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Great Plants this Month Winter

Primula vulgaris AGM

primrose

image of Louise Sims
Louise Sims

Never underestimate the power of the primrose to lift the spirits! A couple of days ago, having forced myself out into the grey and drizzle, I rounded the corner of a path in our garden and there it was, a self-sown specimen I need hardly say, perfectly placed to give hope and cheer just in time for the New Year. There are of course many other plants doing their bit, but I’m always touched by the sight of this simple flower.

Not only cheerful, tough, and hardy, it also thrives in almost every aspect and in every type of soil. You will often see it described as one of the earliest spring woodland flowers, yet the one in my photograph chose to put itself in the very free draining gravel of our drive, facing due south and getting baked all summer. This colony has increased so rapidly that last spring I moved many of them to a bank beneath some apple trees. Among large colonies of primroses, it is interesting to spot differences in the colour and size of the flowers.

The primrose is not only welcomed by gardeners, it is also an early source of nectar and pollen for bees and other pollinators, and several species of moth caterpillars feed upon it as well.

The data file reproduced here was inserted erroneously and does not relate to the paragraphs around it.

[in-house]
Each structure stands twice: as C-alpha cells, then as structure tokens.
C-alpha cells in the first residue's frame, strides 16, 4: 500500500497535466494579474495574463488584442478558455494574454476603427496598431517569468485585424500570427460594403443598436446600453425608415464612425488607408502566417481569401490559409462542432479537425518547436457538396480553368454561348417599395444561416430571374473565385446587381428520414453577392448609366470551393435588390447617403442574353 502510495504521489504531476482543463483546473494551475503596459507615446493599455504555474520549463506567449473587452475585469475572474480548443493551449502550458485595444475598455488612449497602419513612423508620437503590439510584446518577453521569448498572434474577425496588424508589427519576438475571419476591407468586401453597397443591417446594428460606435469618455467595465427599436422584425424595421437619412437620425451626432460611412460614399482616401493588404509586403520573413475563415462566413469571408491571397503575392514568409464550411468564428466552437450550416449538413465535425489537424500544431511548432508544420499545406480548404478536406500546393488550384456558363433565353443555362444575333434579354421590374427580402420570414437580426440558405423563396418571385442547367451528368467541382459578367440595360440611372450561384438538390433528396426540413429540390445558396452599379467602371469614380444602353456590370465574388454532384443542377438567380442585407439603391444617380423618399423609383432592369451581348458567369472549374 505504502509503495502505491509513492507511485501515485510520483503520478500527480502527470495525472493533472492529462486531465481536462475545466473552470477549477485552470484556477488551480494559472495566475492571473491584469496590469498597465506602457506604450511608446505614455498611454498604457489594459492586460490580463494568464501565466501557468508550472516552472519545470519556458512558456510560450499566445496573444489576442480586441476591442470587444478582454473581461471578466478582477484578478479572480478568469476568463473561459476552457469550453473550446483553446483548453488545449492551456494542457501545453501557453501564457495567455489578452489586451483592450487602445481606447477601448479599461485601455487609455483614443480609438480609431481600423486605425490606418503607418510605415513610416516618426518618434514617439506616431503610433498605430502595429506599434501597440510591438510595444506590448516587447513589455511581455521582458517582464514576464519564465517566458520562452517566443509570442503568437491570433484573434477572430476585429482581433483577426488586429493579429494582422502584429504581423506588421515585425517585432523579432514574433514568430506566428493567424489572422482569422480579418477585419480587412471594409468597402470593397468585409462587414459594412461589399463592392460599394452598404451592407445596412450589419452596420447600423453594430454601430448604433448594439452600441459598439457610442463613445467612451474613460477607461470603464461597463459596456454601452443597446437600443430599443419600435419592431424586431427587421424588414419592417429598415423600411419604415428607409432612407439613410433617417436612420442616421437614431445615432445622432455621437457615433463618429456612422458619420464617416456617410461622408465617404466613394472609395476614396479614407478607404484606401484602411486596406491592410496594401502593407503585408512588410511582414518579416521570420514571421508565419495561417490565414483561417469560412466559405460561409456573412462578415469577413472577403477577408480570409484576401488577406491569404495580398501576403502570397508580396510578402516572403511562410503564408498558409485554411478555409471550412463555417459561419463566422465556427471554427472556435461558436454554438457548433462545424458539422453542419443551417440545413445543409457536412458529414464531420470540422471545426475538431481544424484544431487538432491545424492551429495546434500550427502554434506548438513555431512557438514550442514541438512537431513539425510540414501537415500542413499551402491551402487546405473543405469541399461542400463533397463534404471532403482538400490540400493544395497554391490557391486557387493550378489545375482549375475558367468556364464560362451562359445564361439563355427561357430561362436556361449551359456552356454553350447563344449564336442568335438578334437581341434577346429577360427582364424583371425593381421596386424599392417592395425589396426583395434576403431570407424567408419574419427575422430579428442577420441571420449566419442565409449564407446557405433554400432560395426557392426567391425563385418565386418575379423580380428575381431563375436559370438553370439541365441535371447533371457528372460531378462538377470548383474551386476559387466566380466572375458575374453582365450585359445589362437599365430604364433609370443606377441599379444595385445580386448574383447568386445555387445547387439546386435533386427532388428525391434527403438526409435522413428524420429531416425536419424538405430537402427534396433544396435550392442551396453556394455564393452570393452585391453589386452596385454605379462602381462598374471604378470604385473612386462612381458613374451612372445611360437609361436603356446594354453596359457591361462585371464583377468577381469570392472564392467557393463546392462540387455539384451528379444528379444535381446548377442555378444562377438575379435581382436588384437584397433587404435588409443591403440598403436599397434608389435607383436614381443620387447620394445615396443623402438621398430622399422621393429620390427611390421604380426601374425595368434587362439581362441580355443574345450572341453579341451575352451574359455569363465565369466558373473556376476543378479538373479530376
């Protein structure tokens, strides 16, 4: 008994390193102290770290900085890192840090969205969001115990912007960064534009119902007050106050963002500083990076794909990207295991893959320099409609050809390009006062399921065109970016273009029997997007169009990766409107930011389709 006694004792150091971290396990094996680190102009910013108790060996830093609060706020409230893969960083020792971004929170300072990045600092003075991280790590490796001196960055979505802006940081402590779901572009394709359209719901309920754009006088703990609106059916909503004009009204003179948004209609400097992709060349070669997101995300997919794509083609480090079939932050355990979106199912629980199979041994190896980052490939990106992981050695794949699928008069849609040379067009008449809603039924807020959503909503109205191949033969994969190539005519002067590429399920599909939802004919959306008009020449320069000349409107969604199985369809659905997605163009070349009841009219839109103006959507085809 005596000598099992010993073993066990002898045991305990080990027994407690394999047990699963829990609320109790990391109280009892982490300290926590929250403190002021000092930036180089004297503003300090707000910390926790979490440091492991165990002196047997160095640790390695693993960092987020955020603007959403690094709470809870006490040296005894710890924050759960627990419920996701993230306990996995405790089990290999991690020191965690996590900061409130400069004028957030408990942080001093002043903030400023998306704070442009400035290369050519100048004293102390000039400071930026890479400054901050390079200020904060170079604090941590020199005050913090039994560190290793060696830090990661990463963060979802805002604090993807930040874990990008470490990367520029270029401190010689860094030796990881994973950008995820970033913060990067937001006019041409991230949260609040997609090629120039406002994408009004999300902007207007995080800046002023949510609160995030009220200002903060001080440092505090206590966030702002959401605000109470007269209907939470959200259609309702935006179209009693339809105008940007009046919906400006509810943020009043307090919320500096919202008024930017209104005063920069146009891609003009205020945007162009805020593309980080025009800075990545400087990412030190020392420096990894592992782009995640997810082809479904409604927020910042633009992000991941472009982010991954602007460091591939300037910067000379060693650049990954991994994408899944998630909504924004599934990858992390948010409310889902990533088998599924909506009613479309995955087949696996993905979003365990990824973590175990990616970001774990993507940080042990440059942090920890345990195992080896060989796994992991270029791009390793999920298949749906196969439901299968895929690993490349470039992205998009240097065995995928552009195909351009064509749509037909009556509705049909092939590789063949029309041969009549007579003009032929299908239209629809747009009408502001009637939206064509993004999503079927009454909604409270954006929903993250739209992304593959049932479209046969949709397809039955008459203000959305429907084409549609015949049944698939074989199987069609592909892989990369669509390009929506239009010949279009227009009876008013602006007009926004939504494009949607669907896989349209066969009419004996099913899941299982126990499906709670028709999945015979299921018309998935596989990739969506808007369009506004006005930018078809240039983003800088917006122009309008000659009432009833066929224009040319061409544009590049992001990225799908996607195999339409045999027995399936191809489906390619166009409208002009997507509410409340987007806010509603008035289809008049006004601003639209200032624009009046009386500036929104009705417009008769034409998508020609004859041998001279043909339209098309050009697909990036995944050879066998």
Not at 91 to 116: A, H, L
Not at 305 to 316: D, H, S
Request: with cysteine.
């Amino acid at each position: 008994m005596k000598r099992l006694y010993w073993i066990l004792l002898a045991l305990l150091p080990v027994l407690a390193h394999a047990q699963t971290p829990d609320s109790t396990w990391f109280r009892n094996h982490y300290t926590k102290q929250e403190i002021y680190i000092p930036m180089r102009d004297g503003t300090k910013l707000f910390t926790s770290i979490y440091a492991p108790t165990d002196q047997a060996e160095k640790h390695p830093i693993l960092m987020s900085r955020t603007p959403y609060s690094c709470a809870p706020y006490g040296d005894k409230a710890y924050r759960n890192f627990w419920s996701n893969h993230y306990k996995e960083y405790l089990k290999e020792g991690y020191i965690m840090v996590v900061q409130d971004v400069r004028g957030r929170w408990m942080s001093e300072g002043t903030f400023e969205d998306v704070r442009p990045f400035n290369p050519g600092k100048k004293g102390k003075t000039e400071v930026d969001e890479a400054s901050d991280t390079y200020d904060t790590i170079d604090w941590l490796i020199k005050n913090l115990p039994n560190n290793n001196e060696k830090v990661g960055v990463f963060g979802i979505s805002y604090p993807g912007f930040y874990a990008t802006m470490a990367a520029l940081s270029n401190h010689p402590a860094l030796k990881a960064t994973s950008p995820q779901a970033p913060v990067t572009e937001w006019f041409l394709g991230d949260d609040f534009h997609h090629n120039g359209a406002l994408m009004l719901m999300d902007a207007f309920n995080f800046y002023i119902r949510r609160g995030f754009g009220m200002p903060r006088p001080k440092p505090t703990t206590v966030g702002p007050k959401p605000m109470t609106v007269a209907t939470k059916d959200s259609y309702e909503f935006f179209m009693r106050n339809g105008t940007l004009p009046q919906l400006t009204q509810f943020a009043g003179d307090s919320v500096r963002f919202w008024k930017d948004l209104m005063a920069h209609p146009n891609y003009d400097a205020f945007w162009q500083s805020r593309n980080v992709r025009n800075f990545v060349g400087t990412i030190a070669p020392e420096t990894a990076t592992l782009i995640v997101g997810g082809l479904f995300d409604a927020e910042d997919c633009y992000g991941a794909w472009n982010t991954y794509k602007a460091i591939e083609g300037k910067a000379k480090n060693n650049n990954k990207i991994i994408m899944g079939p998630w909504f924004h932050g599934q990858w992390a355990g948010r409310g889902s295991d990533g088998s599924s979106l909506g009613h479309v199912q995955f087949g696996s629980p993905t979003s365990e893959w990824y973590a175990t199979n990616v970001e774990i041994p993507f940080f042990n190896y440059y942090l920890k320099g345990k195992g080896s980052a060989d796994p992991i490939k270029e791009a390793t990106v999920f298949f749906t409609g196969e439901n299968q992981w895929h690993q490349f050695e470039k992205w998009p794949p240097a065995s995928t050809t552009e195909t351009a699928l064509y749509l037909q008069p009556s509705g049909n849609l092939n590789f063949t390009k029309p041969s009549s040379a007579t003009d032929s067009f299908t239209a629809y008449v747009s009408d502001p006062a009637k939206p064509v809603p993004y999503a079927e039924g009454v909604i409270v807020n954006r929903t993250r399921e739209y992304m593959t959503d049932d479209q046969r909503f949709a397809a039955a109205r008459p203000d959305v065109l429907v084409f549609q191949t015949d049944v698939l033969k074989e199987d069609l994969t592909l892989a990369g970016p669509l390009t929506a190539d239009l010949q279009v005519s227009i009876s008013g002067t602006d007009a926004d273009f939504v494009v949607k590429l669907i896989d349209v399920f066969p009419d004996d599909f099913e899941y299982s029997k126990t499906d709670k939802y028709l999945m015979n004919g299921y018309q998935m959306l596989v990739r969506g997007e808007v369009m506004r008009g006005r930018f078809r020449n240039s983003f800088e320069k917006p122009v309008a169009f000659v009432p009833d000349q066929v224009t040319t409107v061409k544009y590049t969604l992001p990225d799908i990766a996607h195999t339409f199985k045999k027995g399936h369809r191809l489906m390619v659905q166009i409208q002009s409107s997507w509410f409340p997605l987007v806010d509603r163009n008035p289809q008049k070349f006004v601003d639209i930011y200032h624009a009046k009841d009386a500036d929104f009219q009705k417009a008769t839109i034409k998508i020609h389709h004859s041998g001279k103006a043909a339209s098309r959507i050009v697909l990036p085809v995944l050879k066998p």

From shakespeare.org.uk, I came across the following:

“According to a Scottish legend, if you want to see a fairy, you must eat a primrose. Leaving primroses on your doorstep will ensure fairies will bless your house and putting primroses in a cowshed will convince them not to steal the milk.” 

NB Louise has published a beautifully produced book of her plant profiles – A Plant for Each Week of the Year. It costs £9.99 and is for sale in our online shop here.

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By the3growbags

We're three sisters who love gardening, plants and even the science of horticulture but we're not all experts. We'd love everyone even remotely interested in their gardens to be part of our blogsite.

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